When we talk about mobile business-to-consumer interaction, we tend to focus on payments. But mobile is a powerful channel for businesses to interact with customers throughout their lifecycle: from marketing and building awareness to sales transactions to engagement, all the way through gathering feedback and other customer data.

Norwegian Cruise Lines is setting a great example. Its suite of mobile apps (available for iPhone, iPad, Android and Windows7) helps people find and book cruises, get deals, make the most of their cruise while onboard, and start thinking about the next cruise as soon as they get back home.

The Cruise Norwegian app lets would-be cruisers check out destinations and ships with maps, floor plans, photos and videos. It’s essentially a marketing app with a booking engine for managing sales (plus a few extras) that takes people through the first two stages of the customer lifecycle.

The extras belong in the next stage: engagement. As soon as you reserve your spot on a cruise, the countdown clock reminds you how long ‘til your holiday starts. Weather alerts let you know what to expect. FAQs help you prepare and pack your bags.

The second app is the Big Kahuna in the group: Norwegian iConcierge. Like its name suggests, it helps passengers ensure they spend their cruise doing exactly what they want. It includes information and a reservation system for shore excursions, onboard entertainment, and the ship’s restaurants. Check out what’s available, and book what looks good. It’s also the way to learn general onboarding info about how everything works, where everything is (shopping, spa), and how to cash in on your rewards points.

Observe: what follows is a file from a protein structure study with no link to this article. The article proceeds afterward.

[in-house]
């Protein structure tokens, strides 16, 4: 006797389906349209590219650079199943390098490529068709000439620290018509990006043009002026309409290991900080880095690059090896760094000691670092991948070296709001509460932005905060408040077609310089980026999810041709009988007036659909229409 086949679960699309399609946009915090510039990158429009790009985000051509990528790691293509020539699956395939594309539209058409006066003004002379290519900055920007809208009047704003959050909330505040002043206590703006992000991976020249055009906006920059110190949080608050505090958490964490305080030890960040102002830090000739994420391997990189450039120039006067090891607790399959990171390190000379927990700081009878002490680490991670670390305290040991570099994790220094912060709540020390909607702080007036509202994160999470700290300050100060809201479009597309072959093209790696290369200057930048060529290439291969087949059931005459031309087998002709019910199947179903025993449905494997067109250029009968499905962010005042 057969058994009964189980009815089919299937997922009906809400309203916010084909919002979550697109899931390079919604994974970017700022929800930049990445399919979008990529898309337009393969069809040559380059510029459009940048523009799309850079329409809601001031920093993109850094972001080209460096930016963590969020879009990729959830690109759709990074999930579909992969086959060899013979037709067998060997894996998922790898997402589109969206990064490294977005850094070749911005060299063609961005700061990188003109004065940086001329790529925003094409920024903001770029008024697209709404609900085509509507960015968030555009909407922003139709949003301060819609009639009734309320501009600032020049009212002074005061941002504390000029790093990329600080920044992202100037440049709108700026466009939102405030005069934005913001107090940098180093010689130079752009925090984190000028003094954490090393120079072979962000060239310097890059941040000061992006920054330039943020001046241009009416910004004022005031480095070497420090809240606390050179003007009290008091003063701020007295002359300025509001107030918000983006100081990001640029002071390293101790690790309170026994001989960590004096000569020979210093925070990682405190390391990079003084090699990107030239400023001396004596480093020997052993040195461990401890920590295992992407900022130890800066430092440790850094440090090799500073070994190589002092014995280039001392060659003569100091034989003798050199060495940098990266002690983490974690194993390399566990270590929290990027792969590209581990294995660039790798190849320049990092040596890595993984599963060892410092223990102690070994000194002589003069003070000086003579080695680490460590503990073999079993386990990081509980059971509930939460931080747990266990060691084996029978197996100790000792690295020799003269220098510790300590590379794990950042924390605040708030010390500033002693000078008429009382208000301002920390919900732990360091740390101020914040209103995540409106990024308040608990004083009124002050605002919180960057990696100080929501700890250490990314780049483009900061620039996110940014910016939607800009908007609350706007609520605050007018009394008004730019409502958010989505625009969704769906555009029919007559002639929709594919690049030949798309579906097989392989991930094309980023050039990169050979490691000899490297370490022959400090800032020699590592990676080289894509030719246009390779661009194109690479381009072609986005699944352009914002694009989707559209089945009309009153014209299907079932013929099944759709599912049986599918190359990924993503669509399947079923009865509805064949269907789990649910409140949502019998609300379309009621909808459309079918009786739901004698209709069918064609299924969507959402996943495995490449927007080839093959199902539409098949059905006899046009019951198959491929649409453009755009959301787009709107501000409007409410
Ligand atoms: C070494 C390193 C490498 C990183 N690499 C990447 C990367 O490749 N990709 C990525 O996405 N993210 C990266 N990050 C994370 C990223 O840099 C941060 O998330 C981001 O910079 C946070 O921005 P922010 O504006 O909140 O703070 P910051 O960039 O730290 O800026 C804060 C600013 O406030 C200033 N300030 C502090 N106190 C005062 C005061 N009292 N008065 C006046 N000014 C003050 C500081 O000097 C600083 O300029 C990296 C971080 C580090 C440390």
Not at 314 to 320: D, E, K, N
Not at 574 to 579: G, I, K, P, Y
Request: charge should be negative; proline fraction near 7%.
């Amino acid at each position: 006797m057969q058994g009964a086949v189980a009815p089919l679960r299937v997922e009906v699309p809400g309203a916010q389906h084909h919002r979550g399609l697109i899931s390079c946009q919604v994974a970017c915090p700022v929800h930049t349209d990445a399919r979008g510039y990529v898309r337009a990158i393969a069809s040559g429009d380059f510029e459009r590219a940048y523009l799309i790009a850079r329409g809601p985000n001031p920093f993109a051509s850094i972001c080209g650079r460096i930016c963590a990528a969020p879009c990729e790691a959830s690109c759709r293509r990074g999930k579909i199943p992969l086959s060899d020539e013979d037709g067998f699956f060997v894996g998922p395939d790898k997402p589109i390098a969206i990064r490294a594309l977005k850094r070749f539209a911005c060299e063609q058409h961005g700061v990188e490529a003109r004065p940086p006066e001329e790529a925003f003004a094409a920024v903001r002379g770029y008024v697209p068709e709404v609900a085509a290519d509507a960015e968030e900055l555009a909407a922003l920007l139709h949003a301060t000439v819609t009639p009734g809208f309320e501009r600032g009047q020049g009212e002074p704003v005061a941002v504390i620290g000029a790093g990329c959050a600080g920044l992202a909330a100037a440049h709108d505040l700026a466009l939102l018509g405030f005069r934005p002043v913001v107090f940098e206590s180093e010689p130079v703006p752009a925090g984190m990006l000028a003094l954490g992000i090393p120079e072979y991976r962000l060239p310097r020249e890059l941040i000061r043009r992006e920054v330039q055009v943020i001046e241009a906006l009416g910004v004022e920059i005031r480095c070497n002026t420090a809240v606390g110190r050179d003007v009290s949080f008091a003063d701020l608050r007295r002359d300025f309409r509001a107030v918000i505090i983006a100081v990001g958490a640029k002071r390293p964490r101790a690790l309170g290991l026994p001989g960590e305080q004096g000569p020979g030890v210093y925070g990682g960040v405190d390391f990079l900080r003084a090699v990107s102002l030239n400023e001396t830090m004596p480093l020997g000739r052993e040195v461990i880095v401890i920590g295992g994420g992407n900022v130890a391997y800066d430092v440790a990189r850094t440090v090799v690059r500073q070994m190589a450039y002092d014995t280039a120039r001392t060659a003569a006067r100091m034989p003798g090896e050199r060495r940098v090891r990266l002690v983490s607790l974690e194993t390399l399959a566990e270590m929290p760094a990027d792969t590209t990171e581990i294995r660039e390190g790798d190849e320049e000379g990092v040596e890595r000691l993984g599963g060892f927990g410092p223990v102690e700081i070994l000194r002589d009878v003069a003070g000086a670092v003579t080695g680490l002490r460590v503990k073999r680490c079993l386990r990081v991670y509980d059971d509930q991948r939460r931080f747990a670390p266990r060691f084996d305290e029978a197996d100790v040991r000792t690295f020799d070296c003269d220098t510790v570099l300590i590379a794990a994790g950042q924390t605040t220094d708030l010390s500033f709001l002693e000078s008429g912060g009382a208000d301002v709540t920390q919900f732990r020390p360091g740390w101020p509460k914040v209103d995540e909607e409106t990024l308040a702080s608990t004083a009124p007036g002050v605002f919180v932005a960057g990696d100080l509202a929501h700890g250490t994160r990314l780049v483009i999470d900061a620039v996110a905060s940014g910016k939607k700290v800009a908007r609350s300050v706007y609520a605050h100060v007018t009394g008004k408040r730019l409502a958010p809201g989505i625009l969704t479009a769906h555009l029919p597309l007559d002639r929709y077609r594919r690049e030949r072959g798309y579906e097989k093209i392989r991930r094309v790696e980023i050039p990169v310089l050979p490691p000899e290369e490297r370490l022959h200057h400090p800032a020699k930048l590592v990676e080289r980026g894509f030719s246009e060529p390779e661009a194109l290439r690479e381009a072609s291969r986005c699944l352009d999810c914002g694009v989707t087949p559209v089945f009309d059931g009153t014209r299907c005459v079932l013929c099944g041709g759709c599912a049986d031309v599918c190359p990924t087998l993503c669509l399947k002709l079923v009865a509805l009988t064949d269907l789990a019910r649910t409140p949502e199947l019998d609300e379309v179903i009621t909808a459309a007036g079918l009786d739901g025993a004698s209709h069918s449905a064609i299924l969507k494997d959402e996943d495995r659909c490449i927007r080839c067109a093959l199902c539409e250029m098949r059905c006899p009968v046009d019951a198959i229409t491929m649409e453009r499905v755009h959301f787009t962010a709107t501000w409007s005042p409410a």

For a little extra, you can turn on WiFi-based text and voice services, so you can keep in touch with friends and family both on the ship (for a one-time fee) and off (for a per-minute rate).

A third app, Norwegian Puzzles, keep you occupied while you’re lounging on the pool deck, on the way home, or wanting to remind yourself how much fun you had once you’re back to reality. The fourth and final app, Flash Deals, publishes limited-time offers on select cruises for those ready to jump when they see a bargain.

So the only phase Norwegian is missing is the final one: gathering feedback, and using that to improve the business on all fronts. No doubt that piece is coming soon.

Norwegian has been a technology pioneer, offering several firsts in Internet, WiFi, and phone service at sea, so it’s not a surprise the company is leading the industry with its approach to mobile. Other cruise lines (Costa Cruises, MSC Cruises, Disney, Carnival and Celebrity) are playing catch-up.

Beyond cruise ships, the travel industry in general is starting to look to mobility to improve experiences for customers from first booking to next booking, and keep them engaged throughout. This frequent traveller is looking forward being able to do more, and get more, via mobile.

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